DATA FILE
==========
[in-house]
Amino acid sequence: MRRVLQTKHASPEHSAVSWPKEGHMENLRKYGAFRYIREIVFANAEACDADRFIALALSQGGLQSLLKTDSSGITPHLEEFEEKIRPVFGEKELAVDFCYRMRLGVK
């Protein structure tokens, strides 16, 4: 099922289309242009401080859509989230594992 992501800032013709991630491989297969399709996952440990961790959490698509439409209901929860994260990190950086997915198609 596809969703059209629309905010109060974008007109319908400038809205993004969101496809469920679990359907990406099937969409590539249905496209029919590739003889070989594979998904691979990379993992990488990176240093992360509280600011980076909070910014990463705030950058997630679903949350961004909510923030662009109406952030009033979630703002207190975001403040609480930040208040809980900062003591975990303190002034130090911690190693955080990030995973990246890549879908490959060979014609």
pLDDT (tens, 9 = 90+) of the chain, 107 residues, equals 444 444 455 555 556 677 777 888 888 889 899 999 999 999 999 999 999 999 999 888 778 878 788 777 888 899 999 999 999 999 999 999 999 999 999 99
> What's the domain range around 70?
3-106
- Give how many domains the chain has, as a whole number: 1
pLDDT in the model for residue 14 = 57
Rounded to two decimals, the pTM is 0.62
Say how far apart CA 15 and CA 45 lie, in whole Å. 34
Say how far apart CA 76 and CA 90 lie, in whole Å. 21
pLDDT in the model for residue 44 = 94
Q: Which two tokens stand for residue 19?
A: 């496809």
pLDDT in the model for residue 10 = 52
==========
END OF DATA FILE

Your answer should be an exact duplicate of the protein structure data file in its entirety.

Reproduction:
[in-house]
Amino acid sequence: MRRVLQTKHASPEHSAVSWPKEGHMENLRKYGAFRYIREIVFANAEACDADRFIALALSQGGLQSLLKTDSSGITPHLEEFEEKIRPVFGEKELAVDFCYRMRLGVK
């Protein structure tokens, strides 16, 4: 099922289309242009401080859509989230594992 992501800032013709991630491989297969399709996952440990961790959490698509439409209901929860994260990190950086997915198609 596809969703059209629309905010109060974008007109319908400038809205993004969101496809469920679990359907990406099937969409590539249905496209029919590739003889070989594979998904691979990379993992990488990176240093992360509280600011980076909070910014990463705030950058997630679903949350961004909510923030662009109406952030009033979630703002207190975001403040609480930040208040809980900062003591975990303190002034130090911690190693955080990030995973990246890549879908490959060979014609």
pLDDT (tens, 9 = 90+) of the chain, 107 residues, equals 444 444 455 555 556 677 777 888 888 889 899 999 999 999 999 999 999 999 999 888 778 878 788 777 888 899 999 999 999 999 999 999 999 999 999 99
> What's the domain range around 70?
3-106
- Give how many domains the chain has, as a whole number: 1
pLDDT in the model for residue 14 = 57
Rounded to two decimals, the pTM is 0.62
Say how far apart CA 15 and CA 45 lie, in whole Å. 34
Say how far apart CA 76 and CA 90 lie, in whole Å. 21
pLDDT in the model for residue 44 = 94
Q: Which two tokens stand for residue 19?
A: 């496809």
pLDDT in the model for residue 10 = 52